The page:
Aflibercept superior to PRP for Retinal Neovascularization in Diabetic Retinopathy: CLARITY Trial
Proliferative diabetic retinopathy (PDR) is a common cause of visual impairment in people with diabetes. It is characterized by neovascularization (NV) of the optic nerve head and/or anywhere in the retina.
Based on 7 fields and color stereoscopic fundus photographs, high-risk PDR is defined as moderate to severe NV (>1/4 to 1/3 disc diameter) of the disc (NVD), moderate NVD (<1/4 to 1/3 disc diameter), or moderate NV elsewhere (NVE) with vitreous or preretinal hemorrhage.
Panretinal photocoagulation (PRP) has been the criterion standard treatment for high-risk PDR for more than 40 years and, on an individual basis, is also used to treat low risk PDR and very severe nonproliferative diabetic retinopathy. Although the exact mechanism of PRP is unclear, destruction of areas of retinal capillary nonperfusion (CNP) is hypothesized to reduce the angiogenic drive from these areas. Repeated sessions of PRP may be required to cause regression of these new vessels, suggesting that some new vessels are more resistant to regression than others.
The Clinical Efficacy and Mechanistic Evaluation of Aflibercept for Proliferative Diabetic Retinopathy (CLARITY) trial, which was specifically designed to evaluate the efficacy of aflibercept (an antiVEGF therapy) vs PRP for persons with PDR without diabetic macular edema, showed that NV regresses rapidly with aflibercept and that subsequent withholding of treatment resulted in recurrence of NV in a proportion of eyes.
Similar to PRP, the patterns of regression of NV can vary. Approximately onefourth of eyes in the CLARITY trial continued to exhibit active NV during anti-VEGF treatment. Moreover, even in eyes in which NV was seen to have regressed, both reperfusion of the previously closed vessels or proliferation of NV de novo at another location in the retina were observed when treatment was withheld.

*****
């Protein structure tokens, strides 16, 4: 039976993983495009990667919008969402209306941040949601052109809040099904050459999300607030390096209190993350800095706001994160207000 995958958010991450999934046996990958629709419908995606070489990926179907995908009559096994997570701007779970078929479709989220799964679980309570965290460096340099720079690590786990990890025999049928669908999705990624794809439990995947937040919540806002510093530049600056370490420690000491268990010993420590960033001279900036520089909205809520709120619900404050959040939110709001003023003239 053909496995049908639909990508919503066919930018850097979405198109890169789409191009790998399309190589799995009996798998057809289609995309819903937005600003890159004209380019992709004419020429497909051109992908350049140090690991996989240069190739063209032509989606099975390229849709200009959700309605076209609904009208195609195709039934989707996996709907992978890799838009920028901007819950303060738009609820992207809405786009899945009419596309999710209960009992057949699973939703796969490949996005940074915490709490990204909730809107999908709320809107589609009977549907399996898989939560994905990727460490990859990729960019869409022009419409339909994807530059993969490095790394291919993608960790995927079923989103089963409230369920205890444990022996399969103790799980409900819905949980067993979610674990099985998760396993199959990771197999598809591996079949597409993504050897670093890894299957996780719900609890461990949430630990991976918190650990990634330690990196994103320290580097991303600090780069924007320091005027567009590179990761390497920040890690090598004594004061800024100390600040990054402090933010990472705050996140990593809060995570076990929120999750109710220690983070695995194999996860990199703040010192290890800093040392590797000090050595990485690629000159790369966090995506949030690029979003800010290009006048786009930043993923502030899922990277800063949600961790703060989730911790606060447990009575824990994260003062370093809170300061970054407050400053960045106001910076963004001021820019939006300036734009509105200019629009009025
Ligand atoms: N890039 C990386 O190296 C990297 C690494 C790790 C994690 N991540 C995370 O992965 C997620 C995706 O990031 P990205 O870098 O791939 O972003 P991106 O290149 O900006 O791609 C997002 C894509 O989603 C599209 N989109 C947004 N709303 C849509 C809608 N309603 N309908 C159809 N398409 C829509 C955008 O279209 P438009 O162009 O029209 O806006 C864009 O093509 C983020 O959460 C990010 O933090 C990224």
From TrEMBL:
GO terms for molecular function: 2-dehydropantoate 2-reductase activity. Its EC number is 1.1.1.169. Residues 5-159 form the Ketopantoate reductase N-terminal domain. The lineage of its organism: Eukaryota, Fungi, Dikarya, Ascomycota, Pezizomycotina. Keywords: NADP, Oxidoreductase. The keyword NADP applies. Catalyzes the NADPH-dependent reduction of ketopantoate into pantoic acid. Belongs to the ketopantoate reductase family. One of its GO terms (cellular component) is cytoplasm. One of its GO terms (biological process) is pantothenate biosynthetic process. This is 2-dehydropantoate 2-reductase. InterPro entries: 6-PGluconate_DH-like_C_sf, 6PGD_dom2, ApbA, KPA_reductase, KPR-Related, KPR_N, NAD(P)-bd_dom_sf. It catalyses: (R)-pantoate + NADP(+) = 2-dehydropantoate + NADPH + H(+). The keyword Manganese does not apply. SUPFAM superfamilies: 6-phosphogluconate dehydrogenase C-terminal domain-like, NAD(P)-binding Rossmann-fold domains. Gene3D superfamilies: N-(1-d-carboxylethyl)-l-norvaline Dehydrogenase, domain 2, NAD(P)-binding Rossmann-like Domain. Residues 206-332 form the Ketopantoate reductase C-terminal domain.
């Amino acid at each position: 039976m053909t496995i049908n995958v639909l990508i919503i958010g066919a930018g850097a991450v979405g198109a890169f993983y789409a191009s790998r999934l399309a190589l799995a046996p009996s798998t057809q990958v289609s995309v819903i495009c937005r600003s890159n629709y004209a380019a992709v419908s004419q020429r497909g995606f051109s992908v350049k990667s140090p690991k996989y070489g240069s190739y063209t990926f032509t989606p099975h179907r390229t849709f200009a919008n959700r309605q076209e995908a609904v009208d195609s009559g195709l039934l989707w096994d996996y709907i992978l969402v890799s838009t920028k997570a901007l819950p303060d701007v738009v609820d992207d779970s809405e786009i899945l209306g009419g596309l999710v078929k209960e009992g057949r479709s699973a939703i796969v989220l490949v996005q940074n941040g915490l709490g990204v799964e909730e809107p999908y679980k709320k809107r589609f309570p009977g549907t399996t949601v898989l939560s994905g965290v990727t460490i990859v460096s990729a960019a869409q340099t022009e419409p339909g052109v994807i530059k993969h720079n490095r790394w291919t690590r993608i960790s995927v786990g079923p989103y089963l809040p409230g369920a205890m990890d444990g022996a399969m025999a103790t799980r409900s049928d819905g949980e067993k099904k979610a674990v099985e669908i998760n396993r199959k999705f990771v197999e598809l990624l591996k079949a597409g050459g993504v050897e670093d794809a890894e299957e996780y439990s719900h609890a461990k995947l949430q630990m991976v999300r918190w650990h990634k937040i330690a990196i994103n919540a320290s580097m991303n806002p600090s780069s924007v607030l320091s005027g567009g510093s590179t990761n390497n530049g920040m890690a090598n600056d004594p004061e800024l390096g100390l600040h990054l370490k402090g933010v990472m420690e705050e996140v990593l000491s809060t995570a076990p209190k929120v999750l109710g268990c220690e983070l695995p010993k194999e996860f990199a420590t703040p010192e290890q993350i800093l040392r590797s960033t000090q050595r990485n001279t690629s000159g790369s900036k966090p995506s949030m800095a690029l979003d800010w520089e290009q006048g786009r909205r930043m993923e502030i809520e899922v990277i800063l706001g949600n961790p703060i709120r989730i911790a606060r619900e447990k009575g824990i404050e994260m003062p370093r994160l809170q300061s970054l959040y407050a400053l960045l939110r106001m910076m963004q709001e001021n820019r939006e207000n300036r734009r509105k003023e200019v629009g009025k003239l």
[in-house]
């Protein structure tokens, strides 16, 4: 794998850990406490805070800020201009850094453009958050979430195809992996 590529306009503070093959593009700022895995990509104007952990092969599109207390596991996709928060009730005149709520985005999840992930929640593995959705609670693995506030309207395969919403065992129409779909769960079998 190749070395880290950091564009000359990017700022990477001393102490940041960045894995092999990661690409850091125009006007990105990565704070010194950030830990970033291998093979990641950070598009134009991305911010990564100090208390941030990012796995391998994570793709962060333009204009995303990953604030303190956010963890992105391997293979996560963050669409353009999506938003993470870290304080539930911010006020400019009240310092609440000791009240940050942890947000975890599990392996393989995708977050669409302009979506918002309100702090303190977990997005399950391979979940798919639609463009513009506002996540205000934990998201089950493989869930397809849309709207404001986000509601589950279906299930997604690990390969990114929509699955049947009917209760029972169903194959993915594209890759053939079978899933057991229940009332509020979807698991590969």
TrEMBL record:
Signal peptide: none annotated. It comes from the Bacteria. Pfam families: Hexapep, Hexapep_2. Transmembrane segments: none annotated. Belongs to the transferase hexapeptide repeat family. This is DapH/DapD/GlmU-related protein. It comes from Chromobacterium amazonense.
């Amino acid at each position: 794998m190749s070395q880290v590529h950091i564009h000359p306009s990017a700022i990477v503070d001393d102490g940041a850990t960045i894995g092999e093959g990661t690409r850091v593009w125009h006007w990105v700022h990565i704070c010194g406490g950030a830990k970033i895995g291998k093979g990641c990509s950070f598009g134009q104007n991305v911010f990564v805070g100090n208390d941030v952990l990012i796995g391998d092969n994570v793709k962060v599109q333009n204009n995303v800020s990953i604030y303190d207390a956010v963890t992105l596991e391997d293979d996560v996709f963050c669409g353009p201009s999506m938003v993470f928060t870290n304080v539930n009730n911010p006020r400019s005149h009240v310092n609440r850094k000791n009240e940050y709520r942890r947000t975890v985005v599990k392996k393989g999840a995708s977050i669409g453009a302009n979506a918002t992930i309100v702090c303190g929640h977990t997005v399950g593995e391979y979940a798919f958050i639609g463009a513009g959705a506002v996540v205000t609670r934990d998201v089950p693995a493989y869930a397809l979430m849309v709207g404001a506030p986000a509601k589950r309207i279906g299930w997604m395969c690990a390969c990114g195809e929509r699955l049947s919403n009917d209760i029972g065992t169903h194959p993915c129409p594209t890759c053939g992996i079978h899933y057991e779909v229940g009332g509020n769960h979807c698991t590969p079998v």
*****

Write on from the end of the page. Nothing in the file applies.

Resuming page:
In this post hoc analysis, the researchers Sandra Halim and team described the regression patterns of NV by retinal location after treatment with either aflibercept or PRP in a subset of treatment-naive eyes with PDR at enrollment to better classify NV, understand treatment targets, and ultimately improve visual prognosis as published in JAMA Ophthalmology.
This post hoc analysis of the phase 2b randomized clinical single-masked multicenter noninferiority Clinical Efficacy and Mechanistic Evaluation of Aflibercept for Proliferative Diabetic Retinopathy (CLARITY) trial was conducted from November 1, 2019, to September 1, 2020, among 120 treatment-naive patients with proliferative diabetic retinopathy to evaluate the topography of NVD and NVE in 4 quadrants of the retina on color fundus photography at baseline and at 12 and 52 weeks after treatment.
In the CLARITY trial, patients were randomized to receive intravitreal aflibercept (2 mg/0.05 mL at baseline, 4 weeks, and 8 weeks, and as needed from 12 weeks onward) or PRP (completed in initial fractionated sessions and then on an as-needed basis when reviewed every 8 weeks).
Main outcomes were per-retinal quadrant frequencies of NV at baseline and frequencies of patterns of regression, recurrence, and new occurrence at 12-week and 52-week unmasked follow-up.
- At baseline, NVD with or without NVE was observed in 42 eyes (35.0%), and NVE only was found in 78 eyes (65.0%); NVE had a predilection for the nasal quadrant [53.3%].
- Rates of regression with treatment were higher among eyes with NVE compared with eyes with NVD by 52 weeks, with NVD being more resistant to either treatment with higher rates of persistence than NVE. Considering NVE, the regression rate in the temporal quadrant was lowest.